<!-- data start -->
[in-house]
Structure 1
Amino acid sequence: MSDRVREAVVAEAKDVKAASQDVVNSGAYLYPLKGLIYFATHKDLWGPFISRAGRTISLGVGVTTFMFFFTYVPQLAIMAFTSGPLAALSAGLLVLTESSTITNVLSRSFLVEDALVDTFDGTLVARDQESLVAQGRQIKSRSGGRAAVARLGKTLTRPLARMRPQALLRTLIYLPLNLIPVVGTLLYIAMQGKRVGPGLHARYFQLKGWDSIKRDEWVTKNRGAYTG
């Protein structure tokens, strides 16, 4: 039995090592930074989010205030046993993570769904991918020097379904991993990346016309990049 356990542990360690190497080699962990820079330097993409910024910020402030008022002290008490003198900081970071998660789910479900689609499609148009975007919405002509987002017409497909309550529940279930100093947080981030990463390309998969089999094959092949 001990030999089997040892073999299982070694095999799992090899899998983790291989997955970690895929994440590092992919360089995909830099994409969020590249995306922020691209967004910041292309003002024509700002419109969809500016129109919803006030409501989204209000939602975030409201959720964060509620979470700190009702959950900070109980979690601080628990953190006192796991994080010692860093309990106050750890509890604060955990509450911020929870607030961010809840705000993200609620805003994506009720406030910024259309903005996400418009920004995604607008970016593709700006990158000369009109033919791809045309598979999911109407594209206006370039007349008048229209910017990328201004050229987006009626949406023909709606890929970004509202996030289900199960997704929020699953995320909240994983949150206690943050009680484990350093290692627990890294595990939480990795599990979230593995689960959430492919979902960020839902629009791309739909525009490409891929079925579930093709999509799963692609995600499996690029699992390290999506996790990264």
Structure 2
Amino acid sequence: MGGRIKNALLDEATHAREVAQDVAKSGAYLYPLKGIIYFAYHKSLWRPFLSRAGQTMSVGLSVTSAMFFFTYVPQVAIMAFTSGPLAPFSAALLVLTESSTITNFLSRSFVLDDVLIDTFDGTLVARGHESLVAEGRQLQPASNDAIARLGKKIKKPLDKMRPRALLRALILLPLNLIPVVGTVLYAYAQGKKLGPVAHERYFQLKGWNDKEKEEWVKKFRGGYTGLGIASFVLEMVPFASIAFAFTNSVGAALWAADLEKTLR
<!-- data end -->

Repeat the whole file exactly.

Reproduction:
[in-house]
Structure 1
Amino acid sequence: MSDRVREAVVAEAKDVKAASQDVVNSGAYLYPLKGLIYFATHKDLWGPFISRAGRTISLGVGVTTFMFFFTYVPQLAIMAFTSGPLAALSAGLLVLTESSTITNVLSRSFLVEDALVDTFDGTLVARDQESLVAQGRQIKSRSGGRAAVARLGKTLTRPLARMRPQALLRTLIYLPLNLIPVVGTLLYIAMQGKRVGPGLHARYFQLKGWDSIKRDEWVTKNRGAYTG
């Protein structure tokens, strides 16, 4: 039995090592930074989010205030046993993570769904991918020097379904991993990346016309990049 356990542990360690190497080699962990820079330097993409910024910020402030008022002290008490003198900081970071998660789910479900689609499609148009975007919405002509987002017409497909309550529940279930100093947080981030990463390309998969089999094959092949 001990030999089997040892073999299982070694095999799992090899899998983790291989997955970690895929994440590092992919360089995909830099994409969020590249995306922020691209967004910041292309003002024509700002419109969809500016129109919803006030409501989204209000939602975030409201959720964060509620979470700190009702959950900070109980979690601080628990953190006192796991994080010692860093309990106050750890509890604060955990509450911020929870607030961010809840705000993200609620805003994506009720406030910024259309903005996400418009920004995604607008970016593709700006990158000369009109033919791809045309598979999911109407594209206006370039007349008048229209910017990328201004050229987006009626949406023909709606890929970004509202996030289900199960997704929020699953995320909240994983949150206690943050009680484990350093290692627990890294595990939480990795599990979230593995689960959430492919979902960020839902629009791309739909525009490409891929079925579930093709999509799963692609995600499996690029699992390290999506996790990264």
Structure 2
Amino acid sequence: MGGRIKNALLDEATHAREVAQDVAKSGAYLYPLKGIIYFAYHKSLWRPFLSRAGQTMSVGLSVTSAMFFFTYVPQVAIMAFTSGPLAPFSAALLVLTESSTITNFLSRSFVLDDVLIDTFDGTLVARGHESLVAEGRQLQPASNDAIARLGKKIKKPLDKMRPRALLRALILLPLNLIPVVGTVLYAYAQGKKLGPVAHERYFQLKGWNDKEKEEWVKKFRGGYTGLGIASFVLEMVPFASIAFAFTNSVGAALWAADLEKTLR